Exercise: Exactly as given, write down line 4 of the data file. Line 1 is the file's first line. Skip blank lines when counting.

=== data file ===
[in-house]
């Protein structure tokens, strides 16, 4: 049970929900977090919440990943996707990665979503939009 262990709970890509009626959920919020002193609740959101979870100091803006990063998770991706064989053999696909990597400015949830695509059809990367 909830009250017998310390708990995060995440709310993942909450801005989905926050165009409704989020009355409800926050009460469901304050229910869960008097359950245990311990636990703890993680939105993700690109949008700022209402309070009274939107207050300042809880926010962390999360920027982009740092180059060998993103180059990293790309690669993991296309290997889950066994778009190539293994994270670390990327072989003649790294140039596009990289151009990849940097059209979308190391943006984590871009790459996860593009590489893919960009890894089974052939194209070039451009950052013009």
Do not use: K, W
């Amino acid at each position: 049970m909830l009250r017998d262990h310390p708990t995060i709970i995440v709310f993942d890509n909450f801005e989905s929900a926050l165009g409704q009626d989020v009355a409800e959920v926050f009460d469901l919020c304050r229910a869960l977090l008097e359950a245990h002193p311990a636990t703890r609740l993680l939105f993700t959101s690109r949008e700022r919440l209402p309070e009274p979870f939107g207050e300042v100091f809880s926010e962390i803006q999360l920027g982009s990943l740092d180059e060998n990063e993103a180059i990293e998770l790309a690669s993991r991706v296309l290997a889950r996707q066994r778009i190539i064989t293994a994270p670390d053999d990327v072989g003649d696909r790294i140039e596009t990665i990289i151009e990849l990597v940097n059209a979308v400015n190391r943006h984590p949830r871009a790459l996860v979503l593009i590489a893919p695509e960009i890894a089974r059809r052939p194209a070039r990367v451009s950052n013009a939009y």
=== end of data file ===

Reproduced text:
């Amino acid at each position: 049970m909830l009250r017998d262990h310390p708990t995060i709970i995440v709310f993942d890509n909450f801005e989905s929900a926050l165009g409704q009626d989020v009355a409800e959920v926050f009460d469901l919020c304050r229910a869960l977090l008097e359950a245990h002193p311990a636990t703890r609740l993680l939105f993700t959101s690109r949008e700022r919440l209402p309070e009274p979870f939107g207050e300042v100091f809880s926010e962390i803006q999360l920027g982009s990943l740092d180059e060998n990063e993103a180059i990293e998770l790309a690669s993991r991706v296309l290997a889950r996707q066994r778009i190539i064989t293994a994270p670390d053999d990327v072989g003649d696909r790294i140039e596009t990665i990289i151009e990849l990597v940097n059209a979308v400015n190391r943006h984590p949830r871009a790459l996860v979503l593009i590489a893919p695509e960009i890894a089974r059809r052939p194209a070039r990367v451009s950052n013009a939009y």